Weigh In on Legislative Redistricting: Interview with Tom Little of the Vermont Apportionment Board (PSA Version)
Tell us about your experience with this online video, click here.
PSA Version: Tom Little, Special Master of the Vermont Apportionment Board, explains why Legislative Redistricting is important and how the public can influence the distribution of House and Senate candidates and districts across Vermont.
With the delay of the 2020 U.S. Census data, the Apportionment Board must work fast to develop legislative district maps for local leaders to respond to and submit final recommendations to the Legislature for approval in early 2022.
The public is asked to weigh in on key questions:
- What is more important: making sure the populations in each district are as close to equal as possible, or allowing larger (within constitutional guidelines) differences in populations to maintain district lines closer to the status quo?
- Should your legislative district lines conform to town and/ or county boundary lines?
- Do you prefer single member house districts (one representative per a House district of around 4,300) or two member districts (two representatives in a single house district of around 8,600 people)?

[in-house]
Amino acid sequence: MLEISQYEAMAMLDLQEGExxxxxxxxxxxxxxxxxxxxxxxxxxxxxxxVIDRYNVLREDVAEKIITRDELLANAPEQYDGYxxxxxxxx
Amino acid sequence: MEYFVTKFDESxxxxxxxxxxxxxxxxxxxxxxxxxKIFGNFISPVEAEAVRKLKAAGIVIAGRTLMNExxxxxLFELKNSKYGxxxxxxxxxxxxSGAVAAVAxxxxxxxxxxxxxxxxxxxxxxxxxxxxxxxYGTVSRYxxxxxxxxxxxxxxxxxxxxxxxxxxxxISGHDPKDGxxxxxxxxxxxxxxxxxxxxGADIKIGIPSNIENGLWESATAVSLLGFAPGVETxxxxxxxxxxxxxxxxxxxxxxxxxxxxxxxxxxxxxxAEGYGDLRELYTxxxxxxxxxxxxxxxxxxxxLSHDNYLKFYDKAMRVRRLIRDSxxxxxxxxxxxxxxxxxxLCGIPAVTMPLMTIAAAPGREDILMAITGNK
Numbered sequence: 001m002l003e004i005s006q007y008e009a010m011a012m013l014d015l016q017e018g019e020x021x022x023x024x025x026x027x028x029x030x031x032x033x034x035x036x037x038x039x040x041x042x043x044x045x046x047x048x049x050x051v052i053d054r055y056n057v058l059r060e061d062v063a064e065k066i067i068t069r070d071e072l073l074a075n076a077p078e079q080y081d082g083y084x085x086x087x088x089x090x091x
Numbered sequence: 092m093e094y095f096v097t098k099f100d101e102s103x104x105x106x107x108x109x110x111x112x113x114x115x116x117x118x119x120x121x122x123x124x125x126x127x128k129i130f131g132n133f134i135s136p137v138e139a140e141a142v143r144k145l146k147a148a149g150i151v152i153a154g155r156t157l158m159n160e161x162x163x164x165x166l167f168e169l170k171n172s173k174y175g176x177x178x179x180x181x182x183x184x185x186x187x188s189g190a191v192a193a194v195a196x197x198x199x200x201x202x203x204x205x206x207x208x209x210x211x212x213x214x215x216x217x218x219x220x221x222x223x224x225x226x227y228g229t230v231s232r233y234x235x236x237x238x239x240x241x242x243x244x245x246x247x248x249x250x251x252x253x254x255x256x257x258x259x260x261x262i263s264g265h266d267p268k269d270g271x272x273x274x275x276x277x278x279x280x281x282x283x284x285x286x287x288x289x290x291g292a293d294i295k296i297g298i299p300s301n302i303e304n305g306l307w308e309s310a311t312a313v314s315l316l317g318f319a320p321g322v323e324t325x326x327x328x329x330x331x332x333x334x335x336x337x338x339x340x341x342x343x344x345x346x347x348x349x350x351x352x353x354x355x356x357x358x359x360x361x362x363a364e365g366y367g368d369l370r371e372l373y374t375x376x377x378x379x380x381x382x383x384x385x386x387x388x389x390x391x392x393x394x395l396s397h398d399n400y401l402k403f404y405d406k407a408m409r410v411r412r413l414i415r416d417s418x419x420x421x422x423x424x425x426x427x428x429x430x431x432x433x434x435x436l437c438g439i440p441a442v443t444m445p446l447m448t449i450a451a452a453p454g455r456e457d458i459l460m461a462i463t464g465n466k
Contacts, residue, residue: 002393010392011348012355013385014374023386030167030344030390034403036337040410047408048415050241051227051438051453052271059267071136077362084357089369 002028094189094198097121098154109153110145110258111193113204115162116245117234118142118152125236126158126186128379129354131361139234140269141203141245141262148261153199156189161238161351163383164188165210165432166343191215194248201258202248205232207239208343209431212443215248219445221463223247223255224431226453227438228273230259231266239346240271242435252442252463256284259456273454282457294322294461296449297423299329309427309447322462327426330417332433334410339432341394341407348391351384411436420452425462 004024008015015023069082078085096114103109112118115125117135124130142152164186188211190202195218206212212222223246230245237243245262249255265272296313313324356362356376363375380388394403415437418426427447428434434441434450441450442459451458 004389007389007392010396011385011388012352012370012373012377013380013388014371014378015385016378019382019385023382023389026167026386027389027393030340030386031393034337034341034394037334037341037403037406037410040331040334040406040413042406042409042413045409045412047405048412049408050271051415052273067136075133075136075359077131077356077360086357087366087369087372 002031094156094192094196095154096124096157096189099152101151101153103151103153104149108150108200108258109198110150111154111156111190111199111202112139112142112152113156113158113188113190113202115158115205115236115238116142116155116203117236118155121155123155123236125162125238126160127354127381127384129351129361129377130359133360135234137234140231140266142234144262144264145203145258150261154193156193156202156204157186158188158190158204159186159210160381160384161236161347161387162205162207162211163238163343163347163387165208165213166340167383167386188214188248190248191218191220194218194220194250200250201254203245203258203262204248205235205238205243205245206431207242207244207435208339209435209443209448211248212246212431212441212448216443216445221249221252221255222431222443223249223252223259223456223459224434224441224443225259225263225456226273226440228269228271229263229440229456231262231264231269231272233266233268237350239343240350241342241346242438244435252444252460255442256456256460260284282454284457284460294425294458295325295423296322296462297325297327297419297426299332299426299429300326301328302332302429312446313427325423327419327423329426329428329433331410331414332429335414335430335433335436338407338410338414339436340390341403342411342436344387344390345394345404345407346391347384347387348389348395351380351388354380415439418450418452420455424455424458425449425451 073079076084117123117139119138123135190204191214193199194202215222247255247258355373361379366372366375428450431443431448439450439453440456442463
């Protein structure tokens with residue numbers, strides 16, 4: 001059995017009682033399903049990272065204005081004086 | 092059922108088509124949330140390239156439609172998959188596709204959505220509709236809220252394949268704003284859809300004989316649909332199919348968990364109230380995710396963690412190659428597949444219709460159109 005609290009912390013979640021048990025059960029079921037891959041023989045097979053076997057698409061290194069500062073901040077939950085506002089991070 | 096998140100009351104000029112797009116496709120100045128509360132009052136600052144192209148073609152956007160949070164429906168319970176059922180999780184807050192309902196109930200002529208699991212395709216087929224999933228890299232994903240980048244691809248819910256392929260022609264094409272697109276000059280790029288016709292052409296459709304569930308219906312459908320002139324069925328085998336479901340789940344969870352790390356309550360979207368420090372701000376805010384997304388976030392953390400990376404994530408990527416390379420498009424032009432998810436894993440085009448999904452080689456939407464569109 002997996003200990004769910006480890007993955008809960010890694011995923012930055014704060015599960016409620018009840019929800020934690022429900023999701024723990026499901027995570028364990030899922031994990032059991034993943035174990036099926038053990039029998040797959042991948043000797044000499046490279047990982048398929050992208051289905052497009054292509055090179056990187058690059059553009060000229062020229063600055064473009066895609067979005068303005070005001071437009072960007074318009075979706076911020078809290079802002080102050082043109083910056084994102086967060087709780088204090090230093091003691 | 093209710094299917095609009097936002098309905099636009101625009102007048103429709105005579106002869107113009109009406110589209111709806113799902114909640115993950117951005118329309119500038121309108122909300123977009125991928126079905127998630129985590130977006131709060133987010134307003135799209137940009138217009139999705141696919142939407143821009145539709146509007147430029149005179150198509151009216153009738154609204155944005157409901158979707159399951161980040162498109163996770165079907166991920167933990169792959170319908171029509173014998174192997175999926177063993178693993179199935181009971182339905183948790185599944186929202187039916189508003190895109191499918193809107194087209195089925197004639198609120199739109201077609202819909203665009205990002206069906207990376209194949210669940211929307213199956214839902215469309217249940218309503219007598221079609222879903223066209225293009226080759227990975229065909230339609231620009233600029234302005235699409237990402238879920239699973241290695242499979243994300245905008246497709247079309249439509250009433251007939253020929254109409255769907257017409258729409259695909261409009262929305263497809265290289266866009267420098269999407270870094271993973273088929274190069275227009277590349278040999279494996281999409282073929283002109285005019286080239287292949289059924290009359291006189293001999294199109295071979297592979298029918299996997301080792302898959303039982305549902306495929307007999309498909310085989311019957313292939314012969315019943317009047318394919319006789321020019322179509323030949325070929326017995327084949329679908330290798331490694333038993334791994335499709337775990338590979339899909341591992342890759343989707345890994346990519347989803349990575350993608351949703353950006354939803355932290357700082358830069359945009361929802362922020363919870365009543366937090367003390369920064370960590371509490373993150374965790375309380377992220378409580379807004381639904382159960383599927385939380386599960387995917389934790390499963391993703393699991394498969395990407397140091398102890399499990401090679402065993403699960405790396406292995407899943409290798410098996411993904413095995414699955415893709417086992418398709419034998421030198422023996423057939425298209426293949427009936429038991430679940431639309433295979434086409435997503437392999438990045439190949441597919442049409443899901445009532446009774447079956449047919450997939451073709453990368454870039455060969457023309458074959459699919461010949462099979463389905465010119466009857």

- Do you prefer single member senate districts (one senator per senate district of around 21,500 people), or multi-member senate districts (two or three senators in a single district of around 43,000 or 64,500 people)?
Let the Legislative Apportionment Board know your views on these questions and on other factors you wish them to consider as they draw up proposed legislative district lines by emailing Board members at their addresses posted on the Board’s website (sos.vermont.gov/apportionment-board/contact-the-board), participating in monthly online meetings (sos.vermont.gov/apportionment-board), or mailing a letter c/o the Secretary of State’s office (Legislative Apportionment Board, 128 State Street, Montpelier, VT 05633-1101).
This is a critical exercise in our representative democracy. It happens only every 10 years – don’t miss out on it!